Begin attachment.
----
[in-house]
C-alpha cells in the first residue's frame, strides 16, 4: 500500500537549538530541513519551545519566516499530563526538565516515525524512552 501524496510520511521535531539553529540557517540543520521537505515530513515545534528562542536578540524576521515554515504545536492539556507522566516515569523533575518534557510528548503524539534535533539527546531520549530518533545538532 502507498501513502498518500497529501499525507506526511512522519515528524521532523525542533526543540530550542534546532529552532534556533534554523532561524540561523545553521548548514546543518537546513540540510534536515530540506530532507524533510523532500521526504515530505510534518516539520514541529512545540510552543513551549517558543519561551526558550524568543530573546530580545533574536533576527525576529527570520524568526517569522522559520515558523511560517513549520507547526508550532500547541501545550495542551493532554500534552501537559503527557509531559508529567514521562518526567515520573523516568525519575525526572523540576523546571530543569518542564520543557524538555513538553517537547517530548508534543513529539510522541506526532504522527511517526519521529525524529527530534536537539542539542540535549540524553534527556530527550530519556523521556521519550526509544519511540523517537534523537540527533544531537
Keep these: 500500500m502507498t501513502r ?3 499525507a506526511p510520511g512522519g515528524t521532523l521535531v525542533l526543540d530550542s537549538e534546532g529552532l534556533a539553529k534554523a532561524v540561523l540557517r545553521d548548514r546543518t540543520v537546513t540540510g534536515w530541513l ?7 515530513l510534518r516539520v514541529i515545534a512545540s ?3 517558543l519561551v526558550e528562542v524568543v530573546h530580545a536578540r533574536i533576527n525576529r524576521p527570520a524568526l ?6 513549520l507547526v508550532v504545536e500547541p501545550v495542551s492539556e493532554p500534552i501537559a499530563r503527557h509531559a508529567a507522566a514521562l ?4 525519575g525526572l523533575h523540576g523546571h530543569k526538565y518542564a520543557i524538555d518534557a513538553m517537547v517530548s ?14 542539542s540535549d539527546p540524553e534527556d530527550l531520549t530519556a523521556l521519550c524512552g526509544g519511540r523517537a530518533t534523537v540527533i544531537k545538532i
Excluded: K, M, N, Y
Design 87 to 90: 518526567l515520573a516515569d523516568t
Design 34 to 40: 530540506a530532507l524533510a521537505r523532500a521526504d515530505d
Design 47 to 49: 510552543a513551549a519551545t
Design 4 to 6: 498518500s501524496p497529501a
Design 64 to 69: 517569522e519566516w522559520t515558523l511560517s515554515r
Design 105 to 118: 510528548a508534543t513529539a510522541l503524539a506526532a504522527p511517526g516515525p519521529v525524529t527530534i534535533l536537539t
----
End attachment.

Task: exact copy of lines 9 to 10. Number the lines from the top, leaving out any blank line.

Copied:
Design 64 to 69: 517569522e519566516w522559520t515558523l511560517s515554515r
Design 105 to 118: 510528548a508534543t513529539a510522541l503524539a506526532a504522527p511517526g516515525p519521529v525524529t527530534i534535533l536537539t